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Vatican secrecy wins over transparency

The Vatican's penchant for secrecy has won out over American-style transparency.

The U.S. cardinals in Rome for the conclave to elect the next pope cancelled their popular daily press briefings Wednesday, purportedly after some details of the secret proceedings under way ahead of the election were leaked to Italian newspapers.

The Vatican denied it had exerted any pressure on the American cardinals to keep quiet. But the Vatican spokesman, the Rev. Federico Lombardi, made clear that the Holy See considered this week's pre-conclave meetings, in which cardinals are discussing the problems of the church, to be secret and part of a solemn process to choose a pope.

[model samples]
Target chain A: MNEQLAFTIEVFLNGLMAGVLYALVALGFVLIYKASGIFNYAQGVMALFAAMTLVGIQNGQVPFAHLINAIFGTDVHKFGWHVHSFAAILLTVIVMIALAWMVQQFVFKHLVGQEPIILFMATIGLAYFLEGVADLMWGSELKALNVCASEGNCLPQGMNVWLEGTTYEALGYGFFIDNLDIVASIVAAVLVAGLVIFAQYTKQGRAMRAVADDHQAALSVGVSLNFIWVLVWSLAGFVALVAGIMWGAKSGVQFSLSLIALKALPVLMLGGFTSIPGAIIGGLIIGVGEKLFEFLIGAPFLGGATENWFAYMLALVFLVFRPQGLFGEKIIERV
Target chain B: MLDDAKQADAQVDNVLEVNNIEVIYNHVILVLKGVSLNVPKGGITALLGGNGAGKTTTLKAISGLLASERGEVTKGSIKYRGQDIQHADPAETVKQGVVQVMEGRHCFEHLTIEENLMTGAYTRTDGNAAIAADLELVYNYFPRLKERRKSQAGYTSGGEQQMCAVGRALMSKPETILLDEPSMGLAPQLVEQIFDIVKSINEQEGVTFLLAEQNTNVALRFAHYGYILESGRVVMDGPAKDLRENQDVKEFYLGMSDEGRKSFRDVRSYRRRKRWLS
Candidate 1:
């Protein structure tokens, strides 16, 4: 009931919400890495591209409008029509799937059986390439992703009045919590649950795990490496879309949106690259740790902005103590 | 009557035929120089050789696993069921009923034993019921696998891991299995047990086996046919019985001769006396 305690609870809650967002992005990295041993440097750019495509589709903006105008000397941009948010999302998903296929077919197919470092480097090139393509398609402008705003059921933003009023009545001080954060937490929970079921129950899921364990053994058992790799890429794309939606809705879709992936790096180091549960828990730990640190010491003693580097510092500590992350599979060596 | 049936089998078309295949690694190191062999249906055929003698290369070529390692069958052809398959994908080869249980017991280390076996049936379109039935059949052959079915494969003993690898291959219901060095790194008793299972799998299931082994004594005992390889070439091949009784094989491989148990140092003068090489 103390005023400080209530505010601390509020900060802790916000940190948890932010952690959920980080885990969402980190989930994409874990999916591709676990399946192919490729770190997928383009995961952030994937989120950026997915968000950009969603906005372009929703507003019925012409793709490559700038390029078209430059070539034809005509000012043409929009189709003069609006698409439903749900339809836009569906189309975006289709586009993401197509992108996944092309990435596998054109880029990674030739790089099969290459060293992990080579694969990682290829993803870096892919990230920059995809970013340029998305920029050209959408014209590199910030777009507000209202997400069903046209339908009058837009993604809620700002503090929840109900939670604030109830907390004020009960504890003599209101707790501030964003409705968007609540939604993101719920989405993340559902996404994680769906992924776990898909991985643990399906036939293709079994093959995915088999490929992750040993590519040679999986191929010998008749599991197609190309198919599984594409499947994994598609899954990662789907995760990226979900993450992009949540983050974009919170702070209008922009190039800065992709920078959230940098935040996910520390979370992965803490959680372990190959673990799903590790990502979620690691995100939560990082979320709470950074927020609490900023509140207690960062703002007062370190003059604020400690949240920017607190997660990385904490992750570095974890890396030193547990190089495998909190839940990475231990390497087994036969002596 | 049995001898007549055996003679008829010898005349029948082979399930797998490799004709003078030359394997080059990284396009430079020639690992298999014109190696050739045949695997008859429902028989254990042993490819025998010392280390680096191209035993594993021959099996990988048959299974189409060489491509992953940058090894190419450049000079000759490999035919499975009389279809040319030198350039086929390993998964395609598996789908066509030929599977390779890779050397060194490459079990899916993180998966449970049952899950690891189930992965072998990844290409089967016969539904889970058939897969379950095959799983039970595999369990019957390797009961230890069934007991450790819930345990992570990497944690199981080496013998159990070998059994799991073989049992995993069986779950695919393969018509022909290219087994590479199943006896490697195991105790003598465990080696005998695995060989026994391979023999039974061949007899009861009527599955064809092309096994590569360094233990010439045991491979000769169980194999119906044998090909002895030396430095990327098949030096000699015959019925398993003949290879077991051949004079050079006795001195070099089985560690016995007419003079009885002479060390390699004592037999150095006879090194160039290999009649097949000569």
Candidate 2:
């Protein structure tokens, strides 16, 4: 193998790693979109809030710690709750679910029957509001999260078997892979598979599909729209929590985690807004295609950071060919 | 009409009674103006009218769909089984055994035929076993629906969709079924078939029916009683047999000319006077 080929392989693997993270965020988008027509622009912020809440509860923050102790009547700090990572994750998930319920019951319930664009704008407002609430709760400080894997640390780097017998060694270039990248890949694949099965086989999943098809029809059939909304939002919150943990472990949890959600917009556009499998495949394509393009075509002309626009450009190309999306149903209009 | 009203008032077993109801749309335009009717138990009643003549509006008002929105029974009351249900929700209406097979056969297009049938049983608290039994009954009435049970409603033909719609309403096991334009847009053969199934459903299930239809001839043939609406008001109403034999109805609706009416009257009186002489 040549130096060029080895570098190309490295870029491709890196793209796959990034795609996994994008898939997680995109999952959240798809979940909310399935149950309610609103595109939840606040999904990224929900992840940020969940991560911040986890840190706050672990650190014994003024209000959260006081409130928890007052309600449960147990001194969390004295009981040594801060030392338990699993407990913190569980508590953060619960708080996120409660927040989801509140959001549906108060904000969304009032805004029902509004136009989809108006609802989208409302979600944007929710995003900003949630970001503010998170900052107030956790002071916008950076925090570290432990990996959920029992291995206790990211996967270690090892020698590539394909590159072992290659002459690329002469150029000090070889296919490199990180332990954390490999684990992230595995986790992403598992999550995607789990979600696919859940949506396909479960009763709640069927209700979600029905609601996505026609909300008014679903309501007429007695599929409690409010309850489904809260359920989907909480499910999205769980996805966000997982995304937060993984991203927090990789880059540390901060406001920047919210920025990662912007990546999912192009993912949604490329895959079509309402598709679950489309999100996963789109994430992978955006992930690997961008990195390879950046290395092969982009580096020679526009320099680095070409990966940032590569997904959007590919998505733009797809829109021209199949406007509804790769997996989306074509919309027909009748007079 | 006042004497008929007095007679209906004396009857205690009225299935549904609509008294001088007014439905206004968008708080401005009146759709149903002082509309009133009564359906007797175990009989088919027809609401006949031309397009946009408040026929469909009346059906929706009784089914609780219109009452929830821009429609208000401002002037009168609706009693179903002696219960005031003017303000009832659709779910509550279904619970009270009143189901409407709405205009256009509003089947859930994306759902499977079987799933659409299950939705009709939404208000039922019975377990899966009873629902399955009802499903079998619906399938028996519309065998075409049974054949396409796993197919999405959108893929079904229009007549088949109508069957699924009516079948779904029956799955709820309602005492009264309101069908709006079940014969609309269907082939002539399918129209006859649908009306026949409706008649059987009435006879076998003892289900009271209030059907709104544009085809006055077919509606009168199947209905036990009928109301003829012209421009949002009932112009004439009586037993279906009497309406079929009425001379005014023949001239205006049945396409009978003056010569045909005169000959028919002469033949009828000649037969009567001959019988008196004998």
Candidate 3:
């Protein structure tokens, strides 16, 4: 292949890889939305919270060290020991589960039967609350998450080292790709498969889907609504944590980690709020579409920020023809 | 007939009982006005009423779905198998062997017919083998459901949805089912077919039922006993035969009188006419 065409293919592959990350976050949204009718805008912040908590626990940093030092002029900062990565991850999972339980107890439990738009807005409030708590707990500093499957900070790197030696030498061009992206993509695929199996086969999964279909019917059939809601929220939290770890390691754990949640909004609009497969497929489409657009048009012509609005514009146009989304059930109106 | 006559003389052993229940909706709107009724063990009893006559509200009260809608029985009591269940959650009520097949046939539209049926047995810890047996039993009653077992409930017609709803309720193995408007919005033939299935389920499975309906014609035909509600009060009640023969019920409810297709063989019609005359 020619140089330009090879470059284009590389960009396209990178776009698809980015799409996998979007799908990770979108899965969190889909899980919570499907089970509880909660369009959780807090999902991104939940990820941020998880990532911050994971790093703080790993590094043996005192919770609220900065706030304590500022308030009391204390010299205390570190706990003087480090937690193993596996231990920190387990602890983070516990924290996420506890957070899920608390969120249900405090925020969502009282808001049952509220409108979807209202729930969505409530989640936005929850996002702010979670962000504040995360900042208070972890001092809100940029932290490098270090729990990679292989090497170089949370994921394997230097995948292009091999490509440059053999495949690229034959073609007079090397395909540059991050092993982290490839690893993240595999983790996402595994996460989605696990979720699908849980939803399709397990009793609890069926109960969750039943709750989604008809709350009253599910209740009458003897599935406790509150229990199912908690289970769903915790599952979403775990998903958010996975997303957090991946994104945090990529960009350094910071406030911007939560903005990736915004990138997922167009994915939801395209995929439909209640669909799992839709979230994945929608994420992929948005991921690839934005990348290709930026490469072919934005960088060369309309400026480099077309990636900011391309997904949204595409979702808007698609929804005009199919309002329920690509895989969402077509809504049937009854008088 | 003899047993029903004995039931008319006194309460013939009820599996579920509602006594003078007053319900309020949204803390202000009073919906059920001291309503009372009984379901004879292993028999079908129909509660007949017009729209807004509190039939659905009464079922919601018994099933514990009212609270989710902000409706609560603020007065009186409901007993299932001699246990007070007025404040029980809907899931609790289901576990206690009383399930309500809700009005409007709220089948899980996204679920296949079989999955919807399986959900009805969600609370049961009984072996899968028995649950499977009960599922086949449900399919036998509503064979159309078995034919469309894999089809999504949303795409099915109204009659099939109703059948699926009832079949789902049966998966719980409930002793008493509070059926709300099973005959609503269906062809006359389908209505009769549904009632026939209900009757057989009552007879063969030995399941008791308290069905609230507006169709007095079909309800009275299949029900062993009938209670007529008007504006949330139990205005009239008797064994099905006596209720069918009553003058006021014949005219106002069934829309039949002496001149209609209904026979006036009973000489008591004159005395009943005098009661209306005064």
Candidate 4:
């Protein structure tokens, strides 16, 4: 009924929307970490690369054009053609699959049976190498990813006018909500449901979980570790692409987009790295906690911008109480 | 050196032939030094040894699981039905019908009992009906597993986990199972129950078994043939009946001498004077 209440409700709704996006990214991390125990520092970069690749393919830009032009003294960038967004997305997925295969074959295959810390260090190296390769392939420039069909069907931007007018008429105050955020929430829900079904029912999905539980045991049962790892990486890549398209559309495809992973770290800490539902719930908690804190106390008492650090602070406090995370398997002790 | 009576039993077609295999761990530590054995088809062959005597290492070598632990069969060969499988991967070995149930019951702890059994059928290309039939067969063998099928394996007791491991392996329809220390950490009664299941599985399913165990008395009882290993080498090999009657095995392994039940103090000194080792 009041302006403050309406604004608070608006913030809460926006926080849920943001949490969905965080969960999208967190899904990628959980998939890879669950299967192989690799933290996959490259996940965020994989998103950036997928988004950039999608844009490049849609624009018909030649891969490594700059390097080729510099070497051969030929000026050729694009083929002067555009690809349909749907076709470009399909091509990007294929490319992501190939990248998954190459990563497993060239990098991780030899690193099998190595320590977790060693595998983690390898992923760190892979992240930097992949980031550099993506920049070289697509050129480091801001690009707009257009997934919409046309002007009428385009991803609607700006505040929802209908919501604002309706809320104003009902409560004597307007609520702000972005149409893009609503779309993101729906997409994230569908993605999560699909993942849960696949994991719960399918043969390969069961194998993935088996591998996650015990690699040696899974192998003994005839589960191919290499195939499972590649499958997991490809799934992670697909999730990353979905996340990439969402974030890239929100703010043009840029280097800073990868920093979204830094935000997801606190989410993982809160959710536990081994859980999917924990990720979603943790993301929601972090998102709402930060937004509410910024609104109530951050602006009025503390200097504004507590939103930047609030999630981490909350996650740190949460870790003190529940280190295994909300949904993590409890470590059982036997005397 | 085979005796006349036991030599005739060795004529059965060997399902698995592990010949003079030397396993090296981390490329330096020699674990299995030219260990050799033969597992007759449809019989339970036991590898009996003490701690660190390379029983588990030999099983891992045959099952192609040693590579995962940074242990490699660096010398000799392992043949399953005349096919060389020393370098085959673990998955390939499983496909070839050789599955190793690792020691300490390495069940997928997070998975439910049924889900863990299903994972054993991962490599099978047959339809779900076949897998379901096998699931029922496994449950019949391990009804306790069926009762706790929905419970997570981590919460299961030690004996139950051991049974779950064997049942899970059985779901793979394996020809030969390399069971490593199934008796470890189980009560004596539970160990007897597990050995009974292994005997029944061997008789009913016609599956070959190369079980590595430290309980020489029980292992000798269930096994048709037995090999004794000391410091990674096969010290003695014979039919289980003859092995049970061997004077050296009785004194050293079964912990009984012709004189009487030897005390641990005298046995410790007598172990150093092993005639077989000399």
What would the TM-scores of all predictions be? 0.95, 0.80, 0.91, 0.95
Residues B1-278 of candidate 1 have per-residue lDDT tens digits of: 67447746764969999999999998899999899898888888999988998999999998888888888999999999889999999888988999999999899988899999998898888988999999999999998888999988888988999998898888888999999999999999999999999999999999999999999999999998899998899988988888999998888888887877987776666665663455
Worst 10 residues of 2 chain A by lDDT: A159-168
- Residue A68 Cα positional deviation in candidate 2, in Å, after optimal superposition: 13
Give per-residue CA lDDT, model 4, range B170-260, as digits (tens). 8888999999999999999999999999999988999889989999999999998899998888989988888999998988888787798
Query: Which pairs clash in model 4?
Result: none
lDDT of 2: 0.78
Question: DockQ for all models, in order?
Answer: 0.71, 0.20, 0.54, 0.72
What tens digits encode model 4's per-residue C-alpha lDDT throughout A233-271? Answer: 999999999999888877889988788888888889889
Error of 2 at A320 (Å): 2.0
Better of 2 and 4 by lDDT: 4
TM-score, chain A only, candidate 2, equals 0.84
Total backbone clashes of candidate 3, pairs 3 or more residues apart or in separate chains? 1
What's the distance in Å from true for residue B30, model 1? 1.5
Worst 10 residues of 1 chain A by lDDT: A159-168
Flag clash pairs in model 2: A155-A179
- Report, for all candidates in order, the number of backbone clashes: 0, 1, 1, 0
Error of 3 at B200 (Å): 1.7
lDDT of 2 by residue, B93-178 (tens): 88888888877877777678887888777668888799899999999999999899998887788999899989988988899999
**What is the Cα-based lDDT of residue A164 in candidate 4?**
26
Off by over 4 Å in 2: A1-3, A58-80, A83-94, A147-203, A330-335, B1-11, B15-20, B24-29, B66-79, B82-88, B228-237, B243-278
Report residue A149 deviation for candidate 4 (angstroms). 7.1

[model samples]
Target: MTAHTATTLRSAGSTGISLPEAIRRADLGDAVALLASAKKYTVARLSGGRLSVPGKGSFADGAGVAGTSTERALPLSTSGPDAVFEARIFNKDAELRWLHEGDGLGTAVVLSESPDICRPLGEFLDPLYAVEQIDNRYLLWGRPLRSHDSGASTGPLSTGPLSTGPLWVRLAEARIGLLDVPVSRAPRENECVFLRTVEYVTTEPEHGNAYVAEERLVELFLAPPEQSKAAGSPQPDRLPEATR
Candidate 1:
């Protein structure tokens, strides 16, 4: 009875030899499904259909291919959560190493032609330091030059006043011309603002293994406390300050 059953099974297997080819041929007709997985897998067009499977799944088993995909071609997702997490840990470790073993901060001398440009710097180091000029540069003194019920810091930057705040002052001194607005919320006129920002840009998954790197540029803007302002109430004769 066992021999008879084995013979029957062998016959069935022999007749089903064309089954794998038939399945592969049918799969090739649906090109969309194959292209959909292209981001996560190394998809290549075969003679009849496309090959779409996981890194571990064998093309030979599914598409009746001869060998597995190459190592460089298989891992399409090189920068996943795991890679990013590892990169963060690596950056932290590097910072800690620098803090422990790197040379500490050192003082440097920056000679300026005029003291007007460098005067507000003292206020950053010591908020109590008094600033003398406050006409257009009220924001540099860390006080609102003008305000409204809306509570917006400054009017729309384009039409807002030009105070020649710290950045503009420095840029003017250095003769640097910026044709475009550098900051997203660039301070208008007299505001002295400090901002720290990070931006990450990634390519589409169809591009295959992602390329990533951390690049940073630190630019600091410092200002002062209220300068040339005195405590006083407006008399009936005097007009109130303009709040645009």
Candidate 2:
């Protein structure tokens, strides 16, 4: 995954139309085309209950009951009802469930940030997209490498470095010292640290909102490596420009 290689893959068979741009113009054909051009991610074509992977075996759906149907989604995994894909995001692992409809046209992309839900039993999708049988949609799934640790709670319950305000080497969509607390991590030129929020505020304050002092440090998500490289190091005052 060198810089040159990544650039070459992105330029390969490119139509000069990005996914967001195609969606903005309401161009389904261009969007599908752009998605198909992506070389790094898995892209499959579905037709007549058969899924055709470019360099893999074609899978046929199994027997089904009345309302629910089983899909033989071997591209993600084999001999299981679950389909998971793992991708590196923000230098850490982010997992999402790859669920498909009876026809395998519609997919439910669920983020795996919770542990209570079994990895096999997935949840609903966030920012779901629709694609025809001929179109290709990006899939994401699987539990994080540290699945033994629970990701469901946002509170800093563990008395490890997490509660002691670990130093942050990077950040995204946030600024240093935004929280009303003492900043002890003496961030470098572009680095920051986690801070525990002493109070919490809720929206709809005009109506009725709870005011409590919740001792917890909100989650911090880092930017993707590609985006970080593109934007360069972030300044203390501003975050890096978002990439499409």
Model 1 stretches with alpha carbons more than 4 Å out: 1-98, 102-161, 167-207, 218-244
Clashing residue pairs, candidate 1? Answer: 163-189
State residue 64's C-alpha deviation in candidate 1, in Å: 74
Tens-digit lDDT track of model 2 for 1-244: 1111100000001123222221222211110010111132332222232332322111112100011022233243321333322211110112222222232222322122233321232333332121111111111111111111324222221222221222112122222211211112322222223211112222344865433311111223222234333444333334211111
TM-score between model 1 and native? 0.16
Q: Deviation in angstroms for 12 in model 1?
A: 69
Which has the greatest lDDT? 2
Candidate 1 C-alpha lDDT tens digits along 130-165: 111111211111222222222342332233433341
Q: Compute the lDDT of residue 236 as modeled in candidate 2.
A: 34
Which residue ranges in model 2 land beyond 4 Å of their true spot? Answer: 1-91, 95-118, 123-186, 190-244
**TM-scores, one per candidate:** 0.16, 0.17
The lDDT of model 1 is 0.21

"The College (of Cardinals) as a whole has decided to maintain a line of an increasing degree of reserve," he said.

The spokeswoman for the U.S. cardinals, Sister Mary Ann Walsh, said Wednesday's briefing was cancelled after other cardinals expressed concern in the morning "about leaks of confidential proceedings reported in Italian newspapers."

She said that, as a precaution, all interviews had been cancelled.

In an interview with The Associated Press, Walsh said Italy's La Stampa newspaper had on Monday and Tuesday reported details of comments individual cardinals made in the closed-door meetings that were cited as a violation of their oath of secrecy. That prompted the decision to observe a media blackout.

The Canadian Press


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